Madeira: the surfing pearl of the Atlantic | Photo: Turismo da Madeira

It was once considered one of the best waves in the world and the most exciting ride on the Atlantic Ocean.

The rise and fall and rise of Madeira as a surf destination is a long story. The chronicle has been revealed in the documentary "Surf Is Alive."

The Madeira Surfing Association wanted to do it. The locals felt they had to tell the whole story.

The story of a surfing treasure that was nearly lost to development and construction. Fortunately, it didn't happen.

The Portuguese island has at least three well-known spots on the western coast: Paul do Mar, Ponta Pequena, and Jardim do Mar.

The first surfers to spot and surf Madeira date from the 1970s.

However, despite the warm temperatures and the rocky point breaks, the island remained relatively unexplored until the mid-1990s.

"I remember, when I was about nine years old, the first surfboards started to appear," explains Belmiro Mendes, one of the pioneers of surfing in Madeira.

"Earlier, when we were kids, we made our bodyboard or surf with 'painéis' (wood planks from boats). Orlando [Pereira] and my brother started surfing with the first real boards."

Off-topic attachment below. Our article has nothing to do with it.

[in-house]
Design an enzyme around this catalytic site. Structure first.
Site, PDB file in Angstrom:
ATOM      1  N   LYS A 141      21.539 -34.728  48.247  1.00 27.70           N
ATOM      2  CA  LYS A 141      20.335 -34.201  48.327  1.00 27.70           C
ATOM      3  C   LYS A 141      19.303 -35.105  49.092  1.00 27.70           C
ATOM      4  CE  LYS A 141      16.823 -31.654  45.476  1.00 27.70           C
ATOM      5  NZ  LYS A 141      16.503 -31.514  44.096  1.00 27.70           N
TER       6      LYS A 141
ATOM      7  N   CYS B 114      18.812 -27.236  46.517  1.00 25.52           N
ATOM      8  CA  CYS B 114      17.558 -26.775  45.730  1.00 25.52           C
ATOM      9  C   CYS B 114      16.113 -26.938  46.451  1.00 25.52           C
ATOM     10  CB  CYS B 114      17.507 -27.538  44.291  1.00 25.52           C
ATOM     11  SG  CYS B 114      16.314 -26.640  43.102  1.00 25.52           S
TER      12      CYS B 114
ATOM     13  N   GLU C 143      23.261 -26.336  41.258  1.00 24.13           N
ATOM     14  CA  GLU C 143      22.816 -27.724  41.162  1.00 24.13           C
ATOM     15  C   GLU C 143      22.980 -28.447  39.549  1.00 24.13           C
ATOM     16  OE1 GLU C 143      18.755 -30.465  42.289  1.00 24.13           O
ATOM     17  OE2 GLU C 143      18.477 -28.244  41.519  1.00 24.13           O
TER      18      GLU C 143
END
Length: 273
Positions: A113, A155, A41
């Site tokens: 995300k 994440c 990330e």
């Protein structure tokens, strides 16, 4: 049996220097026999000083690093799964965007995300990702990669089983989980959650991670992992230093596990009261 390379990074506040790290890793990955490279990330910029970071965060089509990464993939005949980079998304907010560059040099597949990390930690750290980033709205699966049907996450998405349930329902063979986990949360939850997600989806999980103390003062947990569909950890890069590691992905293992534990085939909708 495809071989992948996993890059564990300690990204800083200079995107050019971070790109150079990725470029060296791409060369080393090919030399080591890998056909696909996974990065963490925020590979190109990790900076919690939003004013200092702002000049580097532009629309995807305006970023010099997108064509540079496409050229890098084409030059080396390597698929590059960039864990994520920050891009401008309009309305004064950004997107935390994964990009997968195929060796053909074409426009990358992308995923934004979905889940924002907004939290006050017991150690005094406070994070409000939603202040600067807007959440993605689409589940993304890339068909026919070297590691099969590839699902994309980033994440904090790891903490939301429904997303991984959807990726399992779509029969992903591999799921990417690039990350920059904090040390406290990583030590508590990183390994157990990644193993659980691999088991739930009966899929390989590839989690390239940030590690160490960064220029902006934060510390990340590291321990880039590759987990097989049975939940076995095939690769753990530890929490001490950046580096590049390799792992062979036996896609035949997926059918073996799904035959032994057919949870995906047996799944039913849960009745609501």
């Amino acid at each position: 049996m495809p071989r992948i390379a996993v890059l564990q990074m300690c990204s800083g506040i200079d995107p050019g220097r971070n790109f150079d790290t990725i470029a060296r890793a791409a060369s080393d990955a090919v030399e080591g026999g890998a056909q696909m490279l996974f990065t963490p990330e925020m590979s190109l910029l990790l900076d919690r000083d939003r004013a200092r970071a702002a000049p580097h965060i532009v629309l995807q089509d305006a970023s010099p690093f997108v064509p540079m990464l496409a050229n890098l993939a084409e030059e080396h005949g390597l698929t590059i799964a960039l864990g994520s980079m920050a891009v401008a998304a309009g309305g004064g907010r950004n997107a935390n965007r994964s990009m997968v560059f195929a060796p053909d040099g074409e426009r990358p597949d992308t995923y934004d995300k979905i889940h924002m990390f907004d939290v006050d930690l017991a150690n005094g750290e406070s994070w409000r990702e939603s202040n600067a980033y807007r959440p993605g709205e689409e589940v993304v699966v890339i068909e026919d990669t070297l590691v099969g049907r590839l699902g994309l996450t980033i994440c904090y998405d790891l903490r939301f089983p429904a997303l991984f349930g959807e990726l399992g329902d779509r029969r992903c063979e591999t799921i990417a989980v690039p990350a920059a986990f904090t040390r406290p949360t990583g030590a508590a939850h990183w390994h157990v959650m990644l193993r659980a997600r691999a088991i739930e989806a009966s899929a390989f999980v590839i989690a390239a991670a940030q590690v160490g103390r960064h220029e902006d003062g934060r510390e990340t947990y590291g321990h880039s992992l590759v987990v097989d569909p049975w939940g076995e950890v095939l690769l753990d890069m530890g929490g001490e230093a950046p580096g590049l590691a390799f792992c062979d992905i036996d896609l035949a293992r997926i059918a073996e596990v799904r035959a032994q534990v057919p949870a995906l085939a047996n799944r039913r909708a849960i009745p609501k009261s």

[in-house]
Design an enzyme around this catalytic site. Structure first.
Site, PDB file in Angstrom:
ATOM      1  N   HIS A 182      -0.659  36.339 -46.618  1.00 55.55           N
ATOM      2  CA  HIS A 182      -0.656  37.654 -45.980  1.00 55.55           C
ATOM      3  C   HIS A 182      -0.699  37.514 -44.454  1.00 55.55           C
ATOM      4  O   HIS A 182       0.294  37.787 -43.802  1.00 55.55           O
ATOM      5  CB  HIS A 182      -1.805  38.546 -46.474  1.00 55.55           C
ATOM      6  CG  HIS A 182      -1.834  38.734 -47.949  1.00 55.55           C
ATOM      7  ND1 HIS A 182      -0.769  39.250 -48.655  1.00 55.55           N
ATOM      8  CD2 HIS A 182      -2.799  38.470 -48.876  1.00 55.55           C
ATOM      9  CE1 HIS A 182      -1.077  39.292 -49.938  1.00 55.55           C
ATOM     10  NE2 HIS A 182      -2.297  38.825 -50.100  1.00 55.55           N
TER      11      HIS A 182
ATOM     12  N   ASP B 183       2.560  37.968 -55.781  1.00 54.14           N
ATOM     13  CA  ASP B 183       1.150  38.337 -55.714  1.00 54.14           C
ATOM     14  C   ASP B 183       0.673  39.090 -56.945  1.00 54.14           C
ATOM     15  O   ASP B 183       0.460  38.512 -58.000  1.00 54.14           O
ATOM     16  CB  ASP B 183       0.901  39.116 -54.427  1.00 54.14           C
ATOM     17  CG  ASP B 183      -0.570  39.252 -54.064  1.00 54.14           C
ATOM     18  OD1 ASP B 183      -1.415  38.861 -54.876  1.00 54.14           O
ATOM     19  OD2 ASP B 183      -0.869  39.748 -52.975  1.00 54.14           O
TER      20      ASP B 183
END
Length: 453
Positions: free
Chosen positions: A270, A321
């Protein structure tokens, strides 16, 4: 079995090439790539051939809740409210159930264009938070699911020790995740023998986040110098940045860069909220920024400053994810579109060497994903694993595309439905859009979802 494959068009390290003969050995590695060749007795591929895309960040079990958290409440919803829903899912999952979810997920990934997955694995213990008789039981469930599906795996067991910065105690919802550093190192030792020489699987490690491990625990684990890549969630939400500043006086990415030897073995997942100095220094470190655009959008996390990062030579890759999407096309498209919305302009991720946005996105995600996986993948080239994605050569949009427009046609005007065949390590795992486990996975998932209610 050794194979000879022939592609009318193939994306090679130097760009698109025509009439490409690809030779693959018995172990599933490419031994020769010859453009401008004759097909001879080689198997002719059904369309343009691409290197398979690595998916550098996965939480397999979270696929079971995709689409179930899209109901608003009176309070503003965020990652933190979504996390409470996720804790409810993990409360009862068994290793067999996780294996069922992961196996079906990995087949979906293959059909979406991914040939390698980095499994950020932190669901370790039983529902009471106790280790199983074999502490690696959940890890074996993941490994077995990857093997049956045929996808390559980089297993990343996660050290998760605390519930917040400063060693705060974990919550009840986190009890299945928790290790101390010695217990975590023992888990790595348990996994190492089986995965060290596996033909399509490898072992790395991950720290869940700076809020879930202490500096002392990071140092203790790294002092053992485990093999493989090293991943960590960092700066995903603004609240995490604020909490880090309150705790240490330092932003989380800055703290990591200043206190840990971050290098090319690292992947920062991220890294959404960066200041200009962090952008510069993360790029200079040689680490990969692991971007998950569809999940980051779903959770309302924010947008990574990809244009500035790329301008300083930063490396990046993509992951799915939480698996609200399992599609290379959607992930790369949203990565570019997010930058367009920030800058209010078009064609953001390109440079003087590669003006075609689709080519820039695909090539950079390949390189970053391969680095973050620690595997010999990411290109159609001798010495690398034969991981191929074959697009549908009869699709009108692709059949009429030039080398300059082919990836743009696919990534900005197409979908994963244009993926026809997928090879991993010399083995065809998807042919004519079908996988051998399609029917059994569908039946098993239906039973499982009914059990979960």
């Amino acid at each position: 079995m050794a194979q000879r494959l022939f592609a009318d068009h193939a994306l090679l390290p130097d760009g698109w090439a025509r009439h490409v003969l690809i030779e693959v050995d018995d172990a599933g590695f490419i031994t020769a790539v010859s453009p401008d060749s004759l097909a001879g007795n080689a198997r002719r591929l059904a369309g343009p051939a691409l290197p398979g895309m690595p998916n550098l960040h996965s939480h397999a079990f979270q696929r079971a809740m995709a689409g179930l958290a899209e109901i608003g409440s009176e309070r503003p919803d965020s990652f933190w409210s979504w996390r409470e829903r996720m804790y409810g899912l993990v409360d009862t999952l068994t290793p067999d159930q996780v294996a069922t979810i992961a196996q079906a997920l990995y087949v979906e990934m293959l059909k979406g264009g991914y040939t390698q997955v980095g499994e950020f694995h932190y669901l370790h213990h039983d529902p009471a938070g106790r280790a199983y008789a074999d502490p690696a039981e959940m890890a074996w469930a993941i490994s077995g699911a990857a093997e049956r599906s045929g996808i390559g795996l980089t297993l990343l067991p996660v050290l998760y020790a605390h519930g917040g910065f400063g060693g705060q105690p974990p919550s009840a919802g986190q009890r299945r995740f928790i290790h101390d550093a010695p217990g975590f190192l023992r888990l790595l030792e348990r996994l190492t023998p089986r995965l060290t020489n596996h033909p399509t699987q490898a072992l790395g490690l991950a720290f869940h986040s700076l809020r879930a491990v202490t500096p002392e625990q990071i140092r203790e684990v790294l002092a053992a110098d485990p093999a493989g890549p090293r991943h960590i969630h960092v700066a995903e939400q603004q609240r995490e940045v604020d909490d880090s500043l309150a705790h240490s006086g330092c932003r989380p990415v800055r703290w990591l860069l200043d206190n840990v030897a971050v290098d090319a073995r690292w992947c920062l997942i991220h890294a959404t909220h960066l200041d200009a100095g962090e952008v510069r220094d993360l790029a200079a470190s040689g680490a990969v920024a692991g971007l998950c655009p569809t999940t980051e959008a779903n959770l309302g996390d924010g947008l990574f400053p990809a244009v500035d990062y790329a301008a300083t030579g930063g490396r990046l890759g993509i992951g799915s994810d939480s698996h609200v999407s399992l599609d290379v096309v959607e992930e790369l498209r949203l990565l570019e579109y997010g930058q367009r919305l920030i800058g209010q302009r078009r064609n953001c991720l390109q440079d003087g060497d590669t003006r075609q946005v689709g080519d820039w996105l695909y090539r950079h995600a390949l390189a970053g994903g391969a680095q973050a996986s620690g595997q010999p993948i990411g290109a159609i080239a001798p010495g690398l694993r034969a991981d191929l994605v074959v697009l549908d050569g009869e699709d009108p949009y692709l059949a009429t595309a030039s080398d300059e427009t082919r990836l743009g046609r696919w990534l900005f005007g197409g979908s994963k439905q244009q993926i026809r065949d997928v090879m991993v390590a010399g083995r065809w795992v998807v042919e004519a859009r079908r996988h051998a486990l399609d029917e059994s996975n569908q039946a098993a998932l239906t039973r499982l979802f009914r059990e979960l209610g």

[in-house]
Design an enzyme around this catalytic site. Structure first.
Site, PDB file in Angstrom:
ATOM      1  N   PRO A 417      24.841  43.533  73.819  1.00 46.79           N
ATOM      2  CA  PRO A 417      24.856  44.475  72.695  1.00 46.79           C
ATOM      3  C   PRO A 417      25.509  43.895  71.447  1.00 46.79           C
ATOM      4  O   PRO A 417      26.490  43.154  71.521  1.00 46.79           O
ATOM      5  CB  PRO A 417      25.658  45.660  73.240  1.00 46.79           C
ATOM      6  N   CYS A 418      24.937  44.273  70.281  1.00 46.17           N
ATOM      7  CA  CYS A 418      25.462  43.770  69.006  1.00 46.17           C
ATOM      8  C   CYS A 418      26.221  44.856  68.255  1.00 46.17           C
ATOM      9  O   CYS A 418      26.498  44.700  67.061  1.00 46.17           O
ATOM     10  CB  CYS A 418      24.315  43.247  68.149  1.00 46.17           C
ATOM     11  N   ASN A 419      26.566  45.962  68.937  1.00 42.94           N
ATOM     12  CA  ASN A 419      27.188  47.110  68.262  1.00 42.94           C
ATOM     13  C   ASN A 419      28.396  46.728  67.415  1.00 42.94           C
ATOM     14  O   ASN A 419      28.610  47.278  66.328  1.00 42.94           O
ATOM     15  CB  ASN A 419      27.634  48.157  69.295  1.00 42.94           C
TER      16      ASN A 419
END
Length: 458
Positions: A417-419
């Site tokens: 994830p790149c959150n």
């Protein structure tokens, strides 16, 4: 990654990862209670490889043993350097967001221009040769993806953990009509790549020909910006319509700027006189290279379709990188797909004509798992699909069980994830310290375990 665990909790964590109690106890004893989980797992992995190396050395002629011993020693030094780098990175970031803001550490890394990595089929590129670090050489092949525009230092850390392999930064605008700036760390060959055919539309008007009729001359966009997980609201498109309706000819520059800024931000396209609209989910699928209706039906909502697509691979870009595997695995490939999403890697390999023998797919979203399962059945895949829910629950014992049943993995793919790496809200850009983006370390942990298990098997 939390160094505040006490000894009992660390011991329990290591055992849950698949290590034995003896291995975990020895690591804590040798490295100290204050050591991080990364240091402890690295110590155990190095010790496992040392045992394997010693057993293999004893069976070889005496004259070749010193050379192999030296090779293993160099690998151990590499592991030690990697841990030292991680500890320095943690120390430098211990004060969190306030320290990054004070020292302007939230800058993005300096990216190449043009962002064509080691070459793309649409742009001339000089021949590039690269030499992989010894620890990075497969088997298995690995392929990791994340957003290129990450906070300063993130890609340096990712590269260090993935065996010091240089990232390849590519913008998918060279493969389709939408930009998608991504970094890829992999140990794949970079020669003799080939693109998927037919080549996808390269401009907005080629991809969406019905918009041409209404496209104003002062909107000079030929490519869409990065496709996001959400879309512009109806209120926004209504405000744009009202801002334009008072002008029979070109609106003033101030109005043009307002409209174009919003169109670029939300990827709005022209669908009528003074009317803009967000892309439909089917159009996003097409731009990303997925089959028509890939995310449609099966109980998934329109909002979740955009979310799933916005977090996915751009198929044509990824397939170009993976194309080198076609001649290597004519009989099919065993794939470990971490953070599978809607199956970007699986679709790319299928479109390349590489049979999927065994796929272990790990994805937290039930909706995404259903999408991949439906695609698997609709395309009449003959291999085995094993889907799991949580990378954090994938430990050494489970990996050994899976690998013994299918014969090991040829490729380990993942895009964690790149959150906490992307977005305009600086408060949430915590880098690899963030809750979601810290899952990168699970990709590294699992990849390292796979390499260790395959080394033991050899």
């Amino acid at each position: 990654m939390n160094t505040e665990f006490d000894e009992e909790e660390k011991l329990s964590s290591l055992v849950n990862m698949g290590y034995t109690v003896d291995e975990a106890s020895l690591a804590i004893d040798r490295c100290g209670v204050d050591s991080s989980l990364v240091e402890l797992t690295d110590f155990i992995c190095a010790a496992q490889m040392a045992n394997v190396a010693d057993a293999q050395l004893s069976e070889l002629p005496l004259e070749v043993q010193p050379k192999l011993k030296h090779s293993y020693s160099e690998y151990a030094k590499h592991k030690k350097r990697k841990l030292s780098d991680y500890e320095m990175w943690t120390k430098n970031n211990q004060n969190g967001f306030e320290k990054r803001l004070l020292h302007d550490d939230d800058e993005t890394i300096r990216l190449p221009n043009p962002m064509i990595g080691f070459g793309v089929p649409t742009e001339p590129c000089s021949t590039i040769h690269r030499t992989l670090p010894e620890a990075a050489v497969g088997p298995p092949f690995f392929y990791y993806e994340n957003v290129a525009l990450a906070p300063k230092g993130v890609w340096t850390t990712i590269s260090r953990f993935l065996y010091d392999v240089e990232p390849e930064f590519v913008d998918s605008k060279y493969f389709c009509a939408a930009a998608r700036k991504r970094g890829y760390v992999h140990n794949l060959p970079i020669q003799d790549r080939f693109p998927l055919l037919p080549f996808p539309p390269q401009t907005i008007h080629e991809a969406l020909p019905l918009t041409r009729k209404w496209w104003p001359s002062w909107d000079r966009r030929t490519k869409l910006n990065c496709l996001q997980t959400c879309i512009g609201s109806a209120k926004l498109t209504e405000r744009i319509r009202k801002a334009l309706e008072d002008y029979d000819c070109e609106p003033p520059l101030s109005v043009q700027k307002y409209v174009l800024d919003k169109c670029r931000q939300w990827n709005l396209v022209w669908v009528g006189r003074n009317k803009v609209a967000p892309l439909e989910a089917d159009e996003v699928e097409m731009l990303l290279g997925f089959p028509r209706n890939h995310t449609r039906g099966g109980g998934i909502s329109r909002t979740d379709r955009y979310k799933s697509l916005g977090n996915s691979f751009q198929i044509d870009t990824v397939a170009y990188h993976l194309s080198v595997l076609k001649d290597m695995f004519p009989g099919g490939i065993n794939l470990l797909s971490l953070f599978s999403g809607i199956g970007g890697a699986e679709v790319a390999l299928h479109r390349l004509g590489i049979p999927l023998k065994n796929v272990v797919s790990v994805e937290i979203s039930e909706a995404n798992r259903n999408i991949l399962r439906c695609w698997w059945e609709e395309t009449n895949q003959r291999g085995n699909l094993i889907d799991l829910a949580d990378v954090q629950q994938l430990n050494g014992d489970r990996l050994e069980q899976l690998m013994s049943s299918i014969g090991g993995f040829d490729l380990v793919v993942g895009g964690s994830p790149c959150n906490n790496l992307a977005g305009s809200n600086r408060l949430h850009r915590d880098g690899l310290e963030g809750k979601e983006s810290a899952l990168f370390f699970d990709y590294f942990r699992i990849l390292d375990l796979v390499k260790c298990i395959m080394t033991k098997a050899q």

"They were my idols. They always went surfing at Jardim; I always wanted to go but had fear, and the waves scared me."

"Then Adriano [Longueira] started going with me, and from that time on, we started to surf together with them with the help of Orlando and Manuel [Mendes] and some others that were still in Madeira, like Lauro Rodolfo and Gonçalo."

Madeira: the Portuguese Hawaii

More than Jardim do Mar

The "floating garden" sits roughly 600 miles off the coast of mainland Portugal, between the Azores and the Canary Islands.

It gets all the swell coming directly from the North Atlantic and offers both barreling experiences and endless right-handers.

"It was difficult at that time because we were young. Our parents didn't like it that much," adds Adriano Longueira.

"They said it was too dangerous because of the waves and the rocks on the beach. It was a new sport. It was hard for people to understand that it was a sport like any other."

"Then many Australians, Americans, and Brazilians started to show up."

"Lots of tourists started to show up at Jardim with surfing as their goal, and from that moment on, surfing became a known sport, and people started to accept it as a normal sport, just like any other."

In 2003 - despite the protests and an international campaign to save Jardim do Mar and its wave - the local authorities built a controversial seawall that nearly killed the "pearl of the Atlantic."

"Surf Is Alive," the documentary created by the Madeira Surfing Association, aims to restore the credibility of the island's surf spots.

The waves speak for themselves. Is Madeira the Portuguese Hawaii? Activate the subtitles, and find out for yourself.

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